Decarbonisation

Net zero construction: the problem with embodied carbon

Published on 22nd Oct 2021

The UK government's Heat and Building Strategy fails to adequately address embodied carbon, which is expected to account for almost half of building-related emissions by 2060 

The UK government's broad commitment to "build back better" following the impact of the Covid-19 pandemic has been welcomed by a construction industry that has undergone more than its fair share of struggles in the past two years. However, detail around how the government plans to navigate the shift towards low-carbon construction and operation of the built environment in order to help achieve the government's emissions reductions targets (a 78% reduction from 1990's levels by 2035, net zero by 2050) has, until now, been limited.

In the long-awaited Heat and Building Strategy published this week, the government set out its plans to decarbonise the energy used to run and operate UK buildings day-to-day, known as operational carbon. While these proposals are to be welcomed, little was said about another important aspect of the problem of carbon emissions in the built environment: embodied carbon. 

What is embodied carbon?

Embodied carbon refers to the carbon dioxide (CO₂) emissions associated with materials and construction processes throughout the whole lifecycle of a building project. This includes any CO₂ created during construction, including through the manufacturing of materials, the transportation of those materials, and the processes used to construct the building. It also encompasses the CO₂ produced in maintaining the building and eventually demolishing it and disposing of the waste. It does not include operational carbon.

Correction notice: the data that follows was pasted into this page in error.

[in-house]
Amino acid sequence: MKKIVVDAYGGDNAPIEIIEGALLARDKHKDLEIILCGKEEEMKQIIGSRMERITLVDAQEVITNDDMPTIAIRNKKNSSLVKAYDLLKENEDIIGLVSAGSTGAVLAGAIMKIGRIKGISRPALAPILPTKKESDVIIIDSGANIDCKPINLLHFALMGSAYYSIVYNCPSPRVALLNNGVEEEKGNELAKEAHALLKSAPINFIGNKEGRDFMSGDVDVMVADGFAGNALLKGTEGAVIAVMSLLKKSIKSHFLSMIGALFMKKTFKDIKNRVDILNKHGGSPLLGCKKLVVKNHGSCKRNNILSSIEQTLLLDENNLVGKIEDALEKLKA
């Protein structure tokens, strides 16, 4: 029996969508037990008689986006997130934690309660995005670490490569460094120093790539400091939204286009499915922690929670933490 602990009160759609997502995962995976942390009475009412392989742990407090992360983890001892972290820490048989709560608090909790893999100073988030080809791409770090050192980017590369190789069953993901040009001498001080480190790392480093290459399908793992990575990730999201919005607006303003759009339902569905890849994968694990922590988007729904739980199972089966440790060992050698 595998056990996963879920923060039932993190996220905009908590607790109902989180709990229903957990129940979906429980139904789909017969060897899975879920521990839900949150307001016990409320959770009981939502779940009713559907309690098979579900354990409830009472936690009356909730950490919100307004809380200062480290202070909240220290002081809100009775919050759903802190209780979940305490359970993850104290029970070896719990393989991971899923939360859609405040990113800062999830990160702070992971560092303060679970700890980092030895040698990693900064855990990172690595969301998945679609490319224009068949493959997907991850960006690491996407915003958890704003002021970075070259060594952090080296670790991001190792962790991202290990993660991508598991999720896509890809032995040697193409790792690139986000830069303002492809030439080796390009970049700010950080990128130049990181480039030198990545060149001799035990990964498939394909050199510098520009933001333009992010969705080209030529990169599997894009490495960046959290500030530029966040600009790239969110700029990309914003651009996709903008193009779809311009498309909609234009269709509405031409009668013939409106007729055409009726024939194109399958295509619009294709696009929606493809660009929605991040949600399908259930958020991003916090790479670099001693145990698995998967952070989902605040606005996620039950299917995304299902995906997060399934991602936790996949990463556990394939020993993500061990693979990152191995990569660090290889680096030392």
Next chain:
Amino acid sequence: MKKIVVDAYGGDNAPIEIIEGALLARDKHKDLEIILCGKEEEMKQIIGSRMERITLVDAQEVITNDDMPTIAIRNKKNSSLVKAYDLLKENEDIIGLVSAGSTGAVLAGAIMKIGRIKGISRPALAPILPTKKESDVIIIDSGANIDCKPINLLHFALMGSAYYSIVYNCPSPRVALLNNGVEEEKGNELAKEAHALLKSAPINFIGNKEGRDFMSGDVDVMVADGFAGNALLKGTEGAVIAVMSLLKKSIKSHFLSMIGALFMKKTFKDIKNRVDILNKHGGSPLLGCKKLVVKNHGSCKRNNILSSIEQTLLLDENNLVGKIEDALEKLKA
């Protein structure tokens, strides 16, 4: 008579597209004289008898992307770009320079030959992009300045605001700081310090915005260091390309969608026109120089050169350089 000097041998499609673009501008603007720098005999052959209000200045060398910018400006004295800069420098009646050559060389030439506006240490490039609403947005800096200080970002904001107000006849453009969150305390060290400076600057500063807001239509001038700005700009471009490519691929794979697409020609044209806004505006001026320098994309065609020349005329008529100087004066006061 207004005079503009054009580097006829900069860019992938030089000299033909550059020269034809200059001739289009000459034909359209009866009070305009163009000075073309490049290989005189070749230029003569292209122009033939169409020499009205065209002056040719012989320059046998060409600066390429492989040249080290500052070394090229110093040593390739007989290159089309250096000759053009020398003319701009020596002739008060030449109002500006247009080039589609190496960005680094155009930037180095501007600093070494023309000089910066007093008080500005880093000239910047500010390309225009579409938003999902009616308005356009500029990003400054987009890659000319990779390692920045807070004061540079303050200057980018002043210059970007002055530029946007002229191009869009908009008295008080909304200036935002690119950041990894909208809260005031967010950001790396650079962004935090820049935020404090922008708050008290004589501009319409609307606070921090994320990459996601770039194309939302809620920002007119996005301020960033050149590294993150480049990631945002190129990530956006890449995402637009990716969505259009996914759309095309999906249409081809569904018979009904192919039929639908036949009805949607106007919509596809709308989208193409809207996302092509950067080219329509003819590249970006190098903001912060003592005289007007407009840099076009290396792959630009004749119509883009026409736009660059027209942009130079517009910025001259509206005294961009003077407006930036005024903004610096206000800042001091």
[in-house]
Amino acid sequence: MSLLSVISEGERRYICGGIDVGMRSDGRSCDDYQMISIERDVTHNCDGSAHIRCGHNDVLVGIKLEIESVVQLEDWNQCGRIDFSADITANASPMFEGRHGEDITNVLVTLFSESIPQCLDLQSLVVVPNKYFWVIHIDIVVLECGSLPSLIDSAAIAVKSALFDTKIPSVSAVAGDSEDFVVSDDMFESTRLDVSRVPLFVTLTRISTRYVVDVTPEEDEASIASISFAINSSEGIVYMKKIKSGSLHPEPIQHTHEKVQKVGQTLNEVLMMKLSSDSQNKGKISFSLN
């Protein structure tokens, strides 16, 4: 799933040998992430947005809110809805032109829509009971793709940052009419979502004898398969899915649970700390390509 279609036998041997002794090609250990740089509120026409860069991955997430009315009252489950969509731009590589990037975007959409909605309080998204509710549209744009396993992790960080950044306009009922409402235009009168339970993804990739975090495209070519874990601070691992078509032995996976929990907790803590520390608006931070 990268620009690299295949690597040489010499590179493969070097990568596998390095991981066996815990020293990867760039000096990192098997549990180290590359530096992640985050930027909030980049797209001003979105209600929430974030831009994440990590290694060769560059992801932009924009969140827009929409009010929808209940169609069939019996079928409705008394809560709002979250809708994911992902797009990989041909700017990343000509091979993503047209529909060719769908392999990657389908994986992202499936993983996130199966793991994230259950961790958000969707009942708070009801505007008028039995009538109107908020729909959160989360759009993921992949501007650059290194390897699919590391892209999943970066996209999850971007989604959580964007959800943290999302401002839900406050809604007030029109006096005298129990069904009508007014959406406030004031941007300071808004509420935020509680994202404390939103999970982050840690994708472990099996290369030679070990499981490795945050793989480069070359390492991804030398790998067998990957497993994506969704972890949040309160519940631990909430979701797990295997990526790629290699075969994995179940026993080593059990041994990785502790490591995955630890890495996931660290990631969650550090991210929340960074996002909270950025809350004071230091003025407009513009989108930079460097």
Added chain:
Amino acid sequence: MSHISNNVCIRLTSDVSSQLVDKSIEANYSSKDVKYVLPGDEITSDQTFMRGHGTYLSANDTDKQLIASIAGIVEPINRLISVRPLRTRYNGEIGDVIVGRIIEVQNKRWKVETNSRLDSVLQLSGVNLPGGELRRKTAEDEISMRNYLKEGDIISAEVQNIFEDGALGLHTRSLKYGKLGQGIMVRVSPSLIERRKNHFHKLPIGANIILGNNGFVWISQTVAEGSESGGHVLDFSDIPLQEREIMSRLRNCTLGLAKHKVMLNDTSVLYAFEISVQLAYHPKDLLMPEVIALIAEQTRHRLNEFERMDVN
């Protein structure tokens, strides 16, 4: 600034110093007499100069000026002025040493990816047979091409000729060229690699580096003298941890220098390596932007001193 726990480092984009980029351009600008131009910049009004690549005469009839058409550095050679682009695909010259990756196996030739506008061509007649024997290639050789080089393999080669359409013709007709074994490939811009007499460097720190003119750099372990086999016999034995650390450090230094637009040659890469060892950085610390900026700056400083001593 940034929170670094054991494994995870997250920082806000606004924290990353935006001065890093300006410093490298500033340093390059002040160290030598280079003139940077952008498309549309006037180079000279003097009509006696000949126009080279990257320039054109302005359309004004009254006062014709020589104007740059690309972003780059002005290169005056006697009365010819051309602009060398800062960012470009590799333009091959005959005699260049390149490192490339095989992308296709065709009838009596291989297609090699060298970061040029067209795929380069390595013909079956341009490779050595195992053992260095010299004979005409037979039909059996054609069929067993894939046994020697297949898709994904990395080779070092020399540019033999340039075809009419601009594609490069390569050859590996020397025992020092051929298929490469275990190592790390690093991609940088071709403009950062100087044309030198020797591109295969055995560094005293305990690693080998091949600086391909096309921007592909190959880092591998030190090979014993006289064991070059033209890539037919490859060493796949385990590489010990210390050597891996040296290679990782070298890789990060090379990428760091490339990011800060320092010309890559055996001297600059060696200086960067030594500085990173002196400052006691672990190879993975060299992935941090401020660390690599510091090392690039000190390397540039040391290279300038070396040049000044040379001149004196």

According to the World Green Building Council, buildings are currently responsible for 39% of global energy-related carbon emissions: 28% from operational carbon, and 11% from embodied carbon. Global building stock is expected to double in size by 2060, at which point (on a business-as-usual projection) embodied carbon is expected to contribute almost half of overall building related emissions, given the increasing availability of low carbon options for meeting a building's operational energy requirements.

What can be done about it?

Existing buildings

Concerns about the high levels of operational carbon required to run old and poorly-insulated buildings in the UK has led to a general assumption that replacing existing building stock with energy-efficient replacements will reduce overall carbon emissions. However, industry specialists are now advising that, in most cases, retrofitting existing structures to increase their energy efficiency may be preferable given the embodied carbon involved in the initial construction of those structures, as well as the carbon cost of demolition. One example of this change in attitude can be found in the Architect's Journal's "RetroFirst" campaign which prioritises retrofit over demolition and rebuild. The campaign makes the point that "the greenest building is the one that already exists".

The energy efficiency measures intended to improve the operational emissions performance of existing buildings that were announced by the government in the Heat and Building Strategy can be seen as an acknowledgement that retrofitting existing buildings may often be preferable to the demolition and re-construction of existing buildings to higher standards. It remains unclear though whether the government has any plans to implement the changes advocated by campaigns such as RetroFirst, which call for regulation to make it harder for developers to demolish buildings, and incentivise the retrofitting of existing buildings where possible.

New buildings

Given the extent to which the built environment contributes to global carbon emissions, and the lack of government regulation on embodied carbon to date, it is perhaps not surprising that those operating within the construction sector are considering ways in which this substantial carbon footprint can be reduced. 

One example of industry collaboration to change current practice is the proof of concept "Part Z" proposal to amend existing UK Building Regulations to mandate a whole life carbon assessment and limiting of embodied carbon emissions as part of the building design process. The proposal is supported by a number of industry operators. It aims to normalise the calculation, reporting and limitation of embodied carbon emissions at the outset of a qualifying construction project.